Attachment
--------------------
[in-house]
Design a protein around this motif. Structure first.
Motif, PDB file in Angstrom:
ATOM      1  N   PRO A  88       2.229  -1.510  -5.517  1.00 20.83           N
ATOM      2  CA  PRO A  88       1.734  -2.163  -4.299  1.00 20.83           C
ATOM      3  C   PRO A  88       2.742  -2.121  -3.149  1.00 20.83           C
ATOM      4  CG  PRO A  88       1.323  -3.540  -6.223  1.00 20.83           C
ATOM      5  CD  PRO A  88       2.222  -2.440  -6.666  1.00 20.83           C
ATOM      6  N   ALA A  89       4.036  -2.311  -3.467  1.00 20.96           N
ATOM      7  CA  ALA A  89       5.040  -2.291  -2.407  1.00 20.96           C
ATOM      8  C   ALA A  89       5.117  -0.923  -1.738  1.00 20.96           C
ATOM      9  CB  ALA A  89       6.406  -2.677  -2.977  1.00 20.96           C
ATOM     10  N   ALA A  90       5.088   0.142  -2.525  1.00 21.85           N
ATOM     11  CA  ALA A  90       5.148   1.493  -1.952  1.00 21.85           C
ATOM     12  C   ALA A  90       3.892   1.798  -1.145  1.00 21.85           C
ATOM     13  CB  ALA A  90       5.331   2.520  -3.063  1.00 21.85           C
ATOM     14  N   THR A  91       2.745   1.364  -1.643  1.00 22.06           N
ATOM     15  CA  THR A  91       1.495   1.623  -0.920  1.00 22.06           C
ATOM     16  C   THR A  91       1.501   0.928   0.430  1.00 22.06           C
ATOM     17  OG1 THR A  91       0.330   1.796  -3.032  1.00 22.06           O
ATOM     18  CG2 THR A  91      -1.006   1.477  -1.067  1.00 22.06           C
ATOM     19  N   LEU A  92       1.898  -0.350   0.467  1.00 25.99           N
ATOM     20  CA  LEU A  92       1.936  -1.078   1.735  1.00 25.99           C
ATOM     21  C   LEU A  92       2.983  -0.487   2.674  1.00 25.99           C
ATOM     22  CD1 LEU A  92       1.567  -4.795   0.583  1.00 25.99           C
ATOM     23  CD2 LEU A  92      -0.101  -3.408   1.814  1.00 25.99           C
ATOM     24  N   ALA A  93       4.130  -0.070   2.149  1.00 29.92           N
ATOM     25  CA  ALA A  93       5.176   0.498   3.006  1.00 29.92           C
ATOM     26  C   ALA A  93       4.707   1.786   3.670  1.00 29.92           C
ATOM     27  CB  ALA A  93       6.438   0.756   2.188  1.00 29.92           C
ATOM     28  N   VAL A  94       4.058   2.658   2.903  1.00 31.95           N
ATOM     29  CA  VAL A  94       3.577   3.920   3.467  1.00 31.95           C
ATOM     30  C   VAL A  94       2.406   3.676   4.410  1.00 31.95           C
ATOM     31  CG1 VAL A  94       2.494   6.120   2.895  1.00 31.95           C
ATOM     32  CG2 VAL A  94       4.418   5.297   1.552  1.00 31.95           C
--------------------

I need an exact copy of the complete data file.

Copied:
[in-house]
Design a protein around this motif. Structure first.
Motif, PDB file in Angstrom:
ATOM      1  N   PRO A  88       2.229  -1.510  -5.517  1.00 20.83           N
ATOM      2  CA  PRO A  88       1.734  -2.163  -4.299  1.00 20.83           C
ATOM      3  C   PRO A  88       2.742  -2.121  -3.149  1.00 20.83           C
ATOM      4  CG  PRO A  88       1.323  -3.540  -6.223  1.00 20.83           C
ATOM      5  CD  PRO A  88       2.222  -2.440  -6.666  1.00 20.83           C
ATOM      6  N   ALA A  89       4.036  -2.311  -3.467  1.00 20.96           N
ATOM      7  CA  ALA A  89       5.040  -2.291  -2.407  1.00 20.96           C
ATOM      8  C   ALA A  89       5.117  -0.923  -1.738  1.00 20.96           C
ATOM      9  CB  ALA A  89       6.406  -2.677  -2.977  1.00 20.96           C
ATOM     10  N   ALA A  90       5.088   0.142  -2.525  1.00 21.85           N
ATOM     11  CA  ALA A  90       5.148   1.493  -1.952  1.00 21.85           C
ATOM     12  C   ALA A  90       3.892   1.798  -1.145  1.00 21.85           C
ATOM     13  CB  ALA A  90       5.331   2.520  -3.063  1.00 21.85           C
ATOM     14  N   THR A  91       2.745   1.364  -1.643  1.00 22.06           N
ATOM     15  CA  THR A  91       1.495   1.623  -0.920  1.00 22.06           C
ATOM     16  C   THR A  91       1.501   0.928   0.430  1.00 22.06           C
ATOM     17  OG1 THR A  91       0.330   1.796  -3.032  1.00 22.06           O
ATOM     18  CG2 THR A  91      -1.006   1.477  -1.067  1.00 22.06           C
ATOM     19  N   LEU A  92       1.898  -0.350   0.467  1.00 25.99           N
ATOM     20  CA  LEU A  92       1.936  -1.078   1.735  1.00 25.99           C
ATOM     21  C   LEU A  92       2.983  -0.487   2.674  1.00 25.99           C
ATOM     22  CD1 LEU A  92       1.567  -4.795   0.583  1.00 25.99           C
ATOM     23  CD2 LEU A  92      -0.101  -3.408   1.814  1.00 25.99           C
ATOM     24  N   ALA A  93       4.130  -0.070   2.149  1.00 29.92           N
ATOM     25  CA  ALA A  93       5.176   0.498   3.006  1.00 29.92           C
ATOM     26  C   ALA A  93       4.707   1.786   3.670  1.00 29.92           C
ATOM     27  CB  ALA A  93       6.438   0.756   2.188  1.00 29.92           C
ATOM     28  N   VAL A  94       4.058   2.658   2.903  1.00 31.95           N
ATOM     29  CA  VAL A  94       3.577   3.920   3.467  1.00 31.95           C
ATOM     30  C   VAL A  94       2.406   3.676   4.410  1.00 31.95           C
ATOM     31  CG1 VAL A  94       2.494   6.120   2.895  1.00 31.95           C
ATOM     32  CG2 VAL A  94       4.418   5.297   1.552  1.00 31.95           C